17. How I stay fit: Swimming laps at Asphalt Green, which is actually better in the age of COVID. You make a reservation for your time and your lane. At minimum, everyone keeps their distance. The more cootie-conscious dress like Navy Seals. And, since former TC editor Erik Torkells left town, the water is much calmer, too. He made more waves splashing around than a Hudson River water taxi.

18. Where I get beautiful: Clearly, I don’t.

19. What’s the area’s best-kept secret? How would I know? Nobody tells me anything.

21. A worthy splurge: When things open up again, I look forward to Chef Nico’s tasting menu at L’Appart. If you avoid the caviar course, you can usually leave with your credit score intact.

23. When my kids are older, they’ll always remember… How Diane and I announced as the twins were graduating from high school that their parents were selling their beloved childhood home in suburban Detroit and moving to New York City. I’m sure it felt like we were disappearing into the Witness Protection Program. We did send them a forwarding address, eventually.

25. Advice for other parents: If you can’t keep your kids from running around my table at the restaurant, I will run around yours. It might rattle the dishes.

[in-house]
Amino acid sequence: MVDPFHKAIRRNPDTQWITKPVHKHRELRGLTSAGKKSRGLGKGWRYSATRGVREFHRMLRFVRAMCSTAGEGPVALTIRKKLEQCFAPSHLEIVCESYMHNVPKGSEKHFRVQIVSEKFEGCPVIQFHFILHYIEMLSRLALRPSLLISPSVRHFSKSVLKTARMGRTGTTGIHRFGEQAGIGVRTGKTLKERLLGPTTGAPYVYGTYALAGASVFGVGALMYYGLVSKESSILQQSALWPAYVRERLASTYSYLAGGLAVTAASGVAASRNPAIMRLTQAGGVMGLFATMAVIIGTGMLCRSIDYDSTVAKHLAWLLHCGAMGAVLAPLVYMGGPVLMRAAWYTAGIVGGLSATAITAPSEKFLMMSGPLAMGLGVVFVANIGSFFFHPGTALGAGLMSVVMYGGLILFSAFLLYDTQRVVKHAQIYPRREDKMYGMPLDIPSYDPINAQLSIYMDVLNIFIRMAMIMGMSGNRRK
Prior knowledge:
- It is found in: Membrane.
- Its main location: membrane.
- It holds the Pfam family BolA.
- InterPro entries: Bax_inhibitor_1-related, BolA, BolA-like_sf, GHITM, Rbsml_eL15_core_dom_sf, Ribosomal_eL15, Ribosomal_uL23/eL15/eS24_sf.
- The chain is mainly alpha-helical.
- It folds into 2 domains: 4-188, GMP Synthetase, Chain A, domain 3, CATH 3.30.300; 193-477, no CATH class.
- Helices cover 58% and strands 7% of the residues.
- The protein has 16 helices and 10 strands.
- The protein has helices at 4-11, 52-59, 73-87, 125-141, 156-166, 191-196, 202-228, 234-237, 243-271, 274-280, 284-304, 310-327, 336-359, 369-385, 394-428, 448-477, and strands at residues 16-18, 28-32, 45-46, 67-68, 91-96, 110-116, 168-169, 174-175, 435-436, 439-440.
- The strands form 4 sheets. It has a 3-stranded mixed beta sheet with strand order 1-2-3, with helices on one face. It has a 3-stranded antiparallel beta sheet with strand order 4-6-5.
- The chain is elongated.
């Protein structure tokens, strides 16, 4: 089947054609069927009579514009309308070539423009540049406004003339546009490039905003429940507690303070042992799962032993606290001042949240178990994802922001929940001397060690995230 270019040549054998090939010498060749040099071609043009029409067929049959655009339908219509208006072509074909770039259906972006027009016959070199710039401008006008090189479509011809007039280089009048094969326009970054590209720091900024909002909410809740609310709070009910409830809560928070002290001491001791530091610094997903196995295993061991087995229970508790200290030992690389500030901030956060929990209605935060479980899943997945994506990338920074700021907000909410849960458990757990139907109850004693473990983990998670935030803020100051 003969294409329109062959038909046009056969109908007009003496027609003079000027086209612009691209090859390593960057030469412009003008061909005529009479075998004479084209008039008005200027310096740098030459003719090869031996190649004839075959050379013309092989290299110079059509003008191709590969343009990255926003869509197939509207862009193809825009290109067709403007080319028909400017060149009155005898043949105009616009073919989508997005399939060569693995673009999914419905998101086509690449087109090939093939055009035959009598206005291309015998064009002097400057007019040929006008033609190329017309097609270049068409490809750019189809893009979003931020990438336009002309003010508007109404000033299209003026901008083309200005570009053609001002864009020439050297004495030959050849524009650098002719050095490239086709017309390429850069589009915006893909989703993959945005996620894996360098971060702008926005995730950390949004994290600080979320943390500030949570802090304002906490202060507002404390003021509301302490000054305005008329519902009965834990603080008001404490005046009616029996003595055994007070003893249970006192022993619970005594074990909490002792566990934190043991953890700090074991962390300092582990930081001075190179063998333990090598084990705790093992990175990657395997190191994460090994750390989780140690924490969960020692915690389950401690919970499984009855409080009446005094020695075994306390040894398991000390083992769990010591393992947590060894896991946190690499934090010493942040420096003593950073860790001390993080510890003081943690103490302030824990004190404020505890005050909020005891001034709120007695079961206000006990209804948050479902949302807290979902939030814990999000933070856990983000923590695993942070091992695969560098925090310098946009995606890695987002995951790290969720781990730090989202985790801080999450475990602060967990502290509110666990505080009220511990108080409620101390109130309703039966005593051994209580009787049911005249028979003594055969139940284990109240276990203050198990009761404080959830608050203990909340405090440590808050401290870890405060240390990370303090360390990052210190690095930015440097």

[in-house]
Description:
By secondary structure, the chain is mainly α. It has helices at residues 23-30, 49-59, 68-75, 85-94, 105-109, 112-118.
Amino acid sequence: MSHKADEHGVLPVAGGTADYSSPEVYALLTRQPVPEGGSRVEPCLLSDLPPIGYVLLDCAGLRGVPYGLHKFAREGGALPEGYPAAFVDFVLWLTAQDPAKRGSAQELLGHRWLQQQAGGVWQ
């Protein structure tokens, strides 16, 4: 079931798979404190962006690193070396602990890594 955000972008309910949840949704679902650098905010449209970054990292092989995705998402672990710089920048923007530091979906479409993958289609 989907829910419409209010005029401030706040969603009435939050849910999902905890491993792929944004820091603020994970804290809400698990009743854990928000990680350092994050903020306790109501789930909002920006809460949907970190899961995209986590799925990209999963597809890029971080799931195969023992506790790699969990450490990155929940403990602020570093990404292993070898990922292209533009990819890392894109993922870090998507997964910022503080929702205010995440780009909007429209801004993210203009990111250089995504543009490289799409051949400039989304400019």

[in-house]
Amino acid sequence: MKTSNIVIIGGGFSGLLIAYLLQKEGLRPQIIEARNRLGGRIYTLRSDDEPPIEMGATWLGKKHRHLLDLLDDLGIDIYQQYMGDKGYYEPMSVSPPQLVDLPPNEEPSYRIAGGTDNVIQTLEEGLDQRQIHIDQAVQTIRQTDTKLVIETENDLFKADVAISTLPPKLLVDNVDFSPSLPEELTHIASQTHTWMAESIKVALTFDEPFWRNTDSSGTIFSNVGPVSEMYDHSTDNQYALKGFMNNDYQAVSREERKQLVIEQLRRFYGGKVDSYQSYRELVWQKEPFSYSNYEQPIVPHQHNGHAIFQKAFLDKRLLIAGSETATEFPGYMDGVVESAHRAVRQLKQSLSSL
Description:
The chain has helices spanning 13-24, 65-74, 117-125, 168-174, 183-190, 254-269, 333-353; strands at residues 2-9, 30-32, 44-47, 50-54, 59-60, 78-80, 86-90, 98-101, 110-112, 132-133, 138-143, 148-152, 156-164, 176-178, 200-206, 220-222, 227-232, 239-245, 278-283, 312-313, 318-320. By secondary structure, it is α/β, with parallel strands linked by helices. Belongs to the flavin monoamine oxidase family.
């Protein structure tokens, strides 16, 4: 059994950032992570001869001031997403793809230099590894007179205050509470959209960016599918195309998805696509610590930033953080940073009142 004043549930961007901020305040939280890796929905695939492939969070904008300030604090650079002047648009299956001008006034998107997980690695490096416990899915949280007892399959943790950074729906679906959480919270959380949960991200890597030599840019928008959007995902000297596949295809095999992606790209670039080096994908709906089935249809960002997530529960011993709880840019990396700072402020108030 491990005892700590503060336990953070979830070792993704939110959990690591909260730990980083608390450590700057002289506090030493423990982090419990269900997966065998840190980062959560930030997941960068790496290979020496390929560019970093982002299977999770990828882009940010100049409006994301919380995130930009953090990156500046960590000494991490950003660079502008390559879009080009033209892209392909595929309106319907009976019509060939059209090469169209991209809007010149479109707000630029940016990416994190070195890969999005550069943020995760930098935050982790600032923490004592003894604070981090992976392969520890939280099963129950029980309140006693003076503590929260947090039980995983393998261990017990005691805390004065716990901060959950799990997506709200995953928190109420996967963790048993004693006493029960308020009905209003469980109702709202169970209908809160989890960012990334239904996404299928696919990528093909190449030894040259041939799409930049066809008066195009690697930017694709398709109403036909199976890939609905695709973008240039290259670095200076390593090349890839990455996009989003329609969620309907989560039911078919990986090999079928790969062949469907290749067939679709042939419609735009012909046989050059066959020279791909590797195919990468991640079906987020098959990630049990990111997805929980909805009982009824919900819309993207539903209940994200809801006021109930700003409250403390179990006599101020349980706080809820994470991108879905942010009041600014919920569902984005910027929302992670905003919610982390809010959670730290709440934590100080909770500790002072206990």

27. I’ve never been to… Alphabet City and I don’t know why, but it may have to do with my pour speling.

30. I tend to take out-of-towners to: You can have the Statue of Liberty and the World Trade Center. I take visitors to Smith & Mills to see the bathroom sink — an amazing contraption sure to elicit oohs and ahhs.

33. Pet peeve: Literally, a pet peeve for me: the people who have trained their dogs to pee on the flowers right next to the “No Dogs” signs in Hudson River Park. You can’t shame these people with a dirty look. They look around and shrug. “Sign? My dog can’t read, man…”

36. My most memorable celebrity sighting: Lady Gaga showing up at the old Duane Park Café late one night and bringing the house down by singing “Someone to Watch Over Me.” I encountered her on the stairs afterward and said, “Gaga (we were on a first-adjective basis) you were fantastic.” She teetered on her enormous platform heels as she reached over to pat my cheek and nearly tumbled down the stairs. Worse, she wasn’t wearing her usual enormous wig to cushion a fall. The headlines would not have been kind.

37. A local celebrity I’d like to run into: Taylor Swift. Maybe she’d like me for a minute, then hate me, then write a nasty song about me and I’d make boldface on Page Six.

38. The most romantic spot around: The Irish Hunger Memorial, a wonderful place for people to remember why they love potatoes.

40. If I could change one thing about the neighborhood: A regulation that says no stroller should be larger than a snowplow. Otherwise, it has to be pushed in the street, maybe in its own dedicated lane.

42. A business I miss: The Harrison. Replacing one of the great neighborhood restaurants with a cheesy (okay, fromage-y) bakery chain was the worst real estate move since they tore down the old Penn Station.

49. If I couldn’t live here, I’d live in… Gramercy Park. A place that requires a key to get into the neighborhood park suggests a level of snootiness that makes our neighborhoods seem almost humble.

50. I wish you had asked me about: What I want to be when I grow up.